Innovation in Merger Analysis – How the EU Commission Evaluated the Case of Bayer-Monsanto

Innovation in merger analysis

Carsten Guderian


In September 2016, the German drugs and chemicals group Bayer announced its intention to acquire the multinational Monsanto, known for its Roundup herbicide and GMOs. This merger would produce the world’s most powerful company in the seed and pesticide industry. On 21 March 2018 the EU commission released a Press Release announcing their approval of the acquisition of Monsanto by Bayer. The merger was approved on the conditional divestiture of an extensive remedy package, which addresses the parties’ overlaps in seeds, pesticides and digital agriculture. It is for determining such inconspicuous aspects of a merger, like technology overlap, that the EU commission relied on the LexisNexis® PatentSight®  database and our award-winning business intelligence software solution for the merger analysis.

Why look into technology overlaps?

In the Press Release, Commissioner Margrethe Vestager said, ‘Our decision ensures that there will be effective competition and innovation in seeds, pesticides and digital agriculture markets also after this merger.’ The commission reached this conclusion after performing extensive analysis on the portfolios of both Bayer and Monsanto from a technology landscape perspective rather than a market share position perspective.

 As quoted in the Global Competition Review magazine’s online article, “Enforcers must be careful when they analyse mergers for innovation concerns, because current market shares are not such a good predictor of what competition for research and development will look like. It is not enough to describe the world of pesticides or traits as differentiated product markets.”, said Thomas Deisenhofer, the Head of Unit for Merger Controls at the DG COMP. “It’s not one world, it is many worlds; and that translates to multiple different innovation efforts directed at different innovation spaces within those industries”, he further explained. As a competition control agency, it is important that the DG COMP neutralizes any partnerships that could lead to a concentration of specific technological competencies within a specific innovation space at the merged entity.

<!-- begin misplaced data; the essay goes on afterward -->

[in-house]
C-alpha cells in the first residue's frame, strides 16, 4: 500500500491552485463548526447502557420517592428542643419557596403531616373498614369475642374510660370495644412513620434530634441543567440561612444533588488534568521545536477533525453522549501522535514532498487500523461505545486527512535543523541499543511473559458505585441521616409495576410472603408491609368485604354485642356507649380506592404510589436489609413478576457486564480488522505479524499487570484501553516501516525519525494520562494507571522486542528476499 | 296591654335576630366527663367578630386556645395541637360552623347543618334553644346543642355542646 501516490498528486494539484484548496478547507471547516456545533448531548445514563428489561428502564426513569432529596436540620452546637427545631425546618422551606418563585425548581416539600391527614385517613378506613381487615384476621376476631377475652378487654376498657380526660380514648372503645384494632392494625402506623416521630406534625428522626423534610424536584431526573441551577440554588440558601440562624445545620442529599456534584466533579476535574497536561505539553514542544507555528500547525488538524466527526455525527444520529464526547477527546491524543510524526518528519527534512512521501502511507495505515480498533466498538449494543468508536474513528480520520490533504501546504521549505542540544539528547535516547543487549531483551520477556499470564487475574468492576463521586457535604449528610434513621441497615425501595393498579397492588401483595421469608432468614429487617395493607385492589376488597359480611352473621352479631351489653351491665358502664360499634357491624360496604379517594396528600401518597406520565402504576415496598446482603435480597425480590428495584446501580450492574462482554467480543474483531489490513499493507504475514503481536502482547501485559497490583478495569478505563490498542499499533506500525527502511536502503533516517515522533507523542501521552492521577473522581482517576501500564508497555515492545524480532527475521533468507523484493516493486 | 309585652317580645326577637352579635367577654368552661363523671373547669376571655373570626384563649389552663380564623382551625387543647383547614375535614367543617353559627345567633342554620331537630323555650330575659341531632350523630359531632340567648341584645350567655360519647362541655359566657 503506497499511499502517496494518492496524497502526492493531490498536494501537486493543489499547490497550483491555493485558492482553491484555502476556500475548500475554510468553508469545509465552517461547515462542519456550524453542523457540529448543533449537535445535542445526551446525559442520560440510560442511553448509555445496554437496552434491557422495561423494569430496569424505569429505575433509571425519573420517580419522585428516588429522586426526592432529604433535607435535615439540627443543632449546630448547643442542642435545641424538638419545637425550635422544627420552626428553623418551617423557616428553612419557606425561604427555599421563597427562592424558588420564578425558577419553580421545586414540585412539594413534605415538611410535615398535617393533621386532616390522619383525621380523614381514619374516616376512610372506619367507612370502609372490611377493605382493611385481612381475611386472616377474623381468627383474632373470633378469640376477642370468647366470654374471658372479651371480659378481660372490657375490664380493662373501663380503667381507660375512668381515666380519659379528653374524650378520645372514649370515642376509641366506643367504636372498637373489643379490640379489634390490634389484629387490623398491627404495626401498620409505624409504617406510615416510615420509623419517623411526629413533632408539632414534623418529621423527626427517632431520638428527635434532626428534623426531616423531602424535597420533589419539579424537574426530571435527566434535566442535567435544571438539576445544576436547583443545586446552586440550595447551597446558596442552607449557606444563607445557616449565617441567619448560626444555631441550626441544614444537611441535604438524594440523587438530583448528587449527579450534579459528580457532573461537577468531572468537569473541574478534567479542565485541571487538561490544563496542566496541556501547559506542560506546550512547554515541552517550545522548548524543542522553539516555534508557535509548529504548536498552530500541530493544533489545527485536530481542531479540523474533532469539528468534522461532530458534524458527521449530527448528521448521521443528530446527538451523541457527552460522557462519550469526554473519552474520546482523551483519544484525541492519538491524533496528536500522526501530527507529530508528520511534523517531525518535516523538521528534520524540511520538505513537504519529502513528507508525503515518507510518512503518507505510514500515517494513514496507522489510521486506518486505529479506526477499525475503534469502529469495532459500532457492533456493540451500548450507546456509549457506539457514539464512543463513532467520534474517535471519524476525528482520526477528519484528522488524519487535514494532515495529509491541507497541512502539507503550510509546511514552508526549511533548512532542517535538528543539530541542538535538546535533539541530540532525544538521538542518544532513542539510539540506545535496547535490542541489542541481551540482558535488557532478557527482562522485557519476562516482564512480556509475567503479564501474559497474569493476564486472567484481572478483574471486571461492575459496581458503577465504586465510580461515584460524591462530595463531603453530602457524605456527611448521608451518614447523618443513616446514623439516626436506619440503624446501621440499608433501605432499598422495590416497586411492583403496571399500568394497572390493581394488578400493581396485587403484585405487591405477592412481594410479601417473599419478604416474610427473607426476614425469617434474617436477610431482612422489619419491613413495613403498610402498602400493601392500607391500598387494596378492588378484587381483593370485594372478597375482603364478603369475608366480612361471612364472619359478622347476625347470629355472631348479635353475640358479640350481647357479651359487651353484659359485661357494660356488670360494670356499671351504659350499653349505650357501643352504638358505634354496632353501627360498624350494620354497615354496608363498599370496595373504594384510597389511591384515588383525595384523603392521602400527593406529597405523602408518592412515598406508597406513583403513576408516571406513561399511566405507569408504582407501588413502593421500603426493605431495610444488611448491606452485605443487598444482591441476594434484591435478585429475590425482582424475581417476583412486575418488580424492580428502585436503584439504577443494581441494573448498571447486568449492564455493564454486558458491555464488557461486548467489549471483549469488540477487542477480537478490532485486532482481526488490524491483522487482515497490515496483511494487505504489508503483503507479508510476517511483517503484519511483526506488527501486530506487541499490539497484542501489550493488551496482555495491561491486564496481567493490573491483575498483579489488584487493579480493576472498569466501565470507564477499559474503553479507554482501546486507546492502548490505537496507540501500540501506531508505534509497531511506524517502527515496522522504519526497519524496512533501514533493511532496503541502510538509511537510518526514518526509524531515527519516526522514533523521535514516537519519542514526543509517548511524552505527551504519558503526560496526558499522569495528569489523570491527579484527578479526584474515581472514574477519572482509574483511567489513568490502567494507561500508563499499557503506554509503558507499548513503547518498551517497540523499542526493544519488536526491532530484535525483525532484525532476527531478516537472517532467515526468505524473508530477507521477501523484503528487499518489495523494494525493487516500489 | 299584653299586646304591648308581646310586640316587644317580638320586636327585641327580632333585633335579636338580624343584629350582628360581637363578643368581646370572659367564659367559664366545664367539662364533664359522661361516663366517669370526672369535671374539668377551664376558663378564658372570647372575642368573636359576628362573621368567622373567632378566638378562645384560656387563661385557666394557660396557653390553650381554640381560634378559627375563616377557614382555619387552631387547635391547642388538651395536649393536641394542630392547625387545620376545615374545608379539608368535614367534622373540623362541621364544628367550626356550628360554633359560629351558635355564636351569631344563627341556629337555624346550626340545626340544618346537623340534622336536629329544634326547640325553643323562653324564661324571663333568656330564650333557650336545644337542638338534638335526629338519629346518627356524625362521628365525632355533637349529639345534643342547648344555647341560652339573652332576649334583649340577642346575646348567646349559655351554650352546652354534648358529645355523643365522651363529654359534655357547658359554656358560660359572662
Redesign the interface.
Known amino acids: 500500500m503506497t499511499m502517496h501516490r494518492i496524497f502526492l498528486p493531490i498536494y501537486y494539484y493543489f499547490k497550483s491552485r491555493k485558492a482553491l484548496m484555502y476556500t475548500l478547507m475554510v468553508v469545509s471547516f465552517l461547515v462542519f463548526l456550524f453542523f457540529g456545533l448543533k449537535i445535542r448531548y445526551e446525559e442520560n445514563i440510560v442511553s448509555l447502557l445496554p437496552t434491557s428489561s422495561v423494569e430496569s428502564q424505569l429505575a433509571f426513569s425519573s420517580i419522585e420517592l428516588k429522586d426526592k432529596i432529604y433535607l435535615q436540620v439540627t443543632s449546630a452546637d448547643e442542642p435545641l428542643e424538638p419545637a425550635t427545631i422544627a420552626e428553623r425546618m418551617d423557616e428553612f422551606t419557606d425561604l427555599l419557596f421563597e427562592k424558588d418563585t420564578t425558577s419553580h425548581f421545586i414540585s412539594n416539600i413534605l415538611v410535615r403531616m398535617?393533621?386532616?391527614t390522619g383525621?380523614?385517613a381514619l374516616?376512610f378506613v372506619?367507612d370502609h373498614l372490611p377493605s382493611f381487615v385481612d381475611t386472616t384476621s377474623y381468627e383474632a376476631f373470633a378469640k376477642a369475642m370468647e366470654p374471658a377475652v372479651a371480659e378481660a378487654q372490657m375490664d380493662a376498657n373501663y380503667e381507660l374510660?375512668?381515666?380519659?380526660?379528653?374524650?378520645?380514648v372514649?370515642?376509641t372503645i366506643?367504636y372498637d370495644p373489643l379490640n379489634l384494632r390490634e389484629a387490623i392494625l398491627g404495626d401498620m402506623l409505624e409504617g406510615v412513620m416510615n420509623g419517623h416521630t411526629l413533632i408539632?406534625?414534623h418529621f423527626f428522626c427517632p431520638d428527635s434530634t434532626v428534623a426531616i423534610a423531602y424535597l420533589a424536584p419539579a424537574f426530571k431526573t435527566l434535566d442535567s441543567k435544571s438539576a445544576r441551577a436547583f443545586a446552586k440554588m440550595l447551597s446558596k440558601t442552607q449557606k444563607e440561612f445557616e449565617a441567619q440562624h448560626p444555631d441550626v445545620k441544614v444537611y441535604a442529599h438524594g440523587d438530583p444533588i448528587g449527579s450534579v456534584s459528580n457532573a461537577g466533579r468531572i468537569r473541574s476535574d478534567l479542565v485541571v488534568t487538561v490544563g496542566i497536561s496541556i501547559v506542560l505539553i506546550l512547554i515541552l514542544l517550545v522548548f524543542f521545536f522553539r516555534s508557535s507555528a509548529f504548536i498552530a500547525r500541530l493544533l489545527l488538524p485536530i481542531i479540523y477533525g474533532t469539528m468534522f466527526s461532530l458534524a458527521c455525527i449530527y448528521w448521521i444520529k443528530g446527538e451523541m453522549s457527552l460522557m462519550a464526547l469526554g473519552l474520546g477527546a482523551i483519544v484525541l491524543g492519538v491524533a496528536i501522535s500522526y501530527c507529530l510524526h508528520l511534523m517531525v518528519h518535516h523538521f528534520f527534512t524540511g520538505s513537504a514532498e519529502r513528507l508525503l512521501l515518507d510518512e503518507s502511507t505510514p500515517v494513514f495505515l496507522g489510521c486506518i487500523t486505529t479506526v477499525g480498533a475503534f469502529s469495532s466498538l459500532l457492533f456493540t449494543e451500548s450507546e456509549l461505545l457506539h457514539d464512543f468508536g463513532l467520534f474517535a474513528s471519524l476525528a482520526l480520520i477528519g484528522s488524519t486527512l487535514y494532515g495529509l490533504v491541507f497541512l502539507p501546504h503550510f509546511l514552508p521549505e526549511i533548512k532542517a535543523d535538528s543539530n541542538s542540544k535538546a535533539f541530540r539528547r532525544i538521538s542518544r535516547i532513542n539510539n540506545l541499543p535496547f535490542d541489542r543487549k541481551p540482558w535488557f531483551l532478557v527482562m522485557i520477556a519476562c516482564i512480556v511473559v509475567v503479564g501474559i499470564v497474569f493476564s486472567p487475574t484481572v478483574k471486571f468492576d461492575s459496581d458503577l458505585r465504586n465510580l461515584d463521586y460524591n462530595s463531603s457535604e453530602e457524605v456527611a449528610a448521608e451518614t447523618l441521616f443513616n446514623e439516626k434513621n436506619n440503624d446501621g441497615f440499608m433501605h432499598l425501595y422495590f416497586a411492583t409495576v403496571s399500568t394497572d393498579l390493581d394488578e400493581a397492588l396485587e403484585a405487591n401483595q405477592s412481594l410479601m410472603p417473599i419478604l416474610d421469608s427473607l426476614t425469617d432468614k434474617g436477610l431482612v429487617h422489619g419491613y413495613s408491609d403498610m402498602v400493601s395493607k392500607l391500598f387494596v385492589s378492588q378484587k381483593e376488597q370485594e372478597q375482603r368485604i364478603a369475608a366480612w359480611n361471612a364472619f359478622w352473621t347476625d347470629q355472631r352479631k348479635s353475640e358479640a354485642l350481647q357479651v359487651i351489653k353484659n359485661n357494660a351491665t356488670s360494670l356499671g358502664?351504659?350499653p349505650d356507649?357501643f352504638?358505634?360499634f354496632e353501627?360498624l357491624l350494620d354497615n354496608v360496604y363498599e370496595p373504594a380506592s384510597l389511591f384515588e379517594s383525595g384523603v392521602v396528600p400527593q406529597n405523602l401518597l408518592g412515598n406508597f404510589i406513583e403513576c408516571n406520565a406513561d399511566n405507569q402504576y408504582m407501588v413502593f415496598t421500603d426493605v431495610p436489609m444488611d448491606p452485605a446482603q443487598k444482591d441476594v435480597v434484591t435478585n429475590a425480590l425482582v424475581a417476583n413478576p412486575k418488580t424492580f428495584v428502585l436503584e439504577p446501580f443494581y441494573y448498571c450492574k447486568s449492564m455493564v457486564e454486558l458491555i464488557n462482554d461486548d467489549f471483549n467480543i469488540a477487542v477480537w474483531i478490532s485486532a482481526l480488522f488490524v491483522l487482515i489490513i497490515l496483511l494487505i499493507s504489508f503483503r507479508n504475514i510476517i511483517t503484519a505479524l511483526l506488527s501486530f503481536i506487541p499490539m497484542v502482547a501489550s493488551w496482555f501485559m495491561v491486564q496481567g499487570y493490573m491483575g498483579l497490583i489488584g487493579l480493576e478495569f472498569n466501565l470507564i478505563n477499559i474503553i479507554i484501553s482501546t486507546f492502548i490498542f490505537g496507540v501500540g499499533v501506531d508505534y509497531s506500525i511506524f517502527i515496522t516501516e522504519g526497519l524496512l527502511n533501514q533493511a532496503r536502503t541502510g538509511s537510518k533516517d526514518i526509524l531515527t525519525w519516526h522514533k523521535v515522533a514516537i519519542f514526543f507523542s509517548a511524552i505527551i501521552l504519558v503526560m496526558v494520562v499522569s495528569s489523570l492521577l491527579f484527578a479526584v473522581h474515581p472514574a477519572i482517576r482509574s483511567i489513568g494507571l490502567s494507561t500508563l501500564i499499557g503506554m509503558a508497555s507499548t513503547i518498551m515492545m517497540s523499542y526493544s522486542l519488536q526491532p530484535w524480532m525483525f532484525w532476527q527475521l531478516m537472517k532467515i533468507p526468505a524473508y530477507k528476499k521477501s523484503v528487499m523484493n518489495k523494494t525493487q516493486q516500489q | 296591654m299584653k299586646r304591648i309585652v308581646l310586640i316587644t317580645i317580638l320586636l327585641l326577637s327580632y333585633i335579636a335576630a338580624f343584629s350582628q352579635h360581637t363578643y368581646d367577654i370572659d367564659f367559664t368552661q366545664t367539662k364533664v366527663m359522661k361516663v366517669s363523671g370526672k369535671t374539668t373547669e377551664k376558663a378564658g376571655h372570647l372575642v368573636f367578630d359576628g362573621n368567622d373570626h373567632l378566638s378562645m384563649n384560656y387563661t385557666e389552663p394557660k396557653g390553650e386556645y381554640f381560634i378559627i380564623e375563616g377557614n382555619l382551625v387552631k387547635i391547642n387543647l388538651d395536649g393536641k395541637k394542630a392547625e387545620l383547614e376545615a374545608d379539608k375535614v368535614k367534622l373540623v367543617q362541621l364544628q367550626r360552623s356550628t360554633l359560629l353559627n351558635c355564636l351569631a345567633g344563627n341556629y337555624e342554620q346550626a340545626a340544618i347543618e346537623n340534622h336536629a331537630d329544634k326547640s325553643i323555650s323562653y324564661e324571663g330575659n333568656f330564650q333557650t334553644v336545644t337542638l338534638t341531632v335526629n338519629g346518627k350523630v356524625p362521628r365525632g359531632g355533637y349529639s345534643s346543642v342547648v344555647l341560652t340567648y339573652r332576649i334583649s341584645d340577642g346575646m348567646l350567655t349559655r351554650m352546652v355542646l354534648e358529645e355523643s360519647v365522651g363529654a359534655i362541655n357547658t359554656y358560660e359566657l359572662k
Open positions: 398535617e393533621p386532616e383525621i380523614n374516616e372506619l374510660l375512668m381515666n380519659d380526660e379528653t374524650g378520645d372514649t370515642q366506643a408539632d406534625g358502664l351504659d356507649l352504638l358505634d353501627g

Methodology followed by the European Commission

In their Case M.8084 decision on Bayer vs. Monsanto, the European Commission’s Directorate-General for Competition used a comparable approach as in the 2017 Case M.7932 decision on Dow vs. DuPont. Using patent data obtained from PatentSight® Business Intelligence Analytics Software, the Directorate was able to identify the technological strengths of firms in several innovation areas pertaining to the parties and potential innovation-related effects of the Bayer-Monsanto merger by looking at joint patent shares, as depicted in the image below.


Herein, the Directorate made use of the search and analytical options available in PatentSight, for e.g. by concentrating analyses on specific technology fields only. Moreover, using our smart patent indicator Technology Relevance, the Directorate was able to discern patent qualities based on citations, corrected for different ages and the diverse citation propensities observed at different patent offices and in different technology fields. As a result of our process of tracing ownership structures, self-citations could also be discerned from citations by third parties. Finally, restricting analyses to top-quality patents only allowed to identify relative positions based on those patents that are inherent to firms’ technological bases and balances of power. With these tests and robustness checks, the Directorate was able to gain a more insightful overview of the innovative positions of the parties and competitors in the selected technology fields using PatentSight’s patent data.


Having partnered with various international authorities in merger control proceedings, we at PatentSight can attest that technology and innovation are increasingly being considered important factors when it comes to decisions on merger control. This trend of shifting focus towards an innovation-based approach ensures that approved mergers do not prove to be detrimental to competition in markets where there is an increased concentration of resources and technology.

 With our high quality, accurately mapped patent and company information, along with a team of experts to offer seamless support to our users, PatentSight is well equipped to support such endeavours. If you are interested to know more about the Directorate General of Competition at the EU Commission’s evaluation of the Bayer Monsanto merger, please click here

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About the author: Carsten Guderian

Carsten is a Senior Project Leader and has a background in Economics and Business Administration, particularly innovation management and patent analytics. He has been affiliated with PatentSight since 2012.

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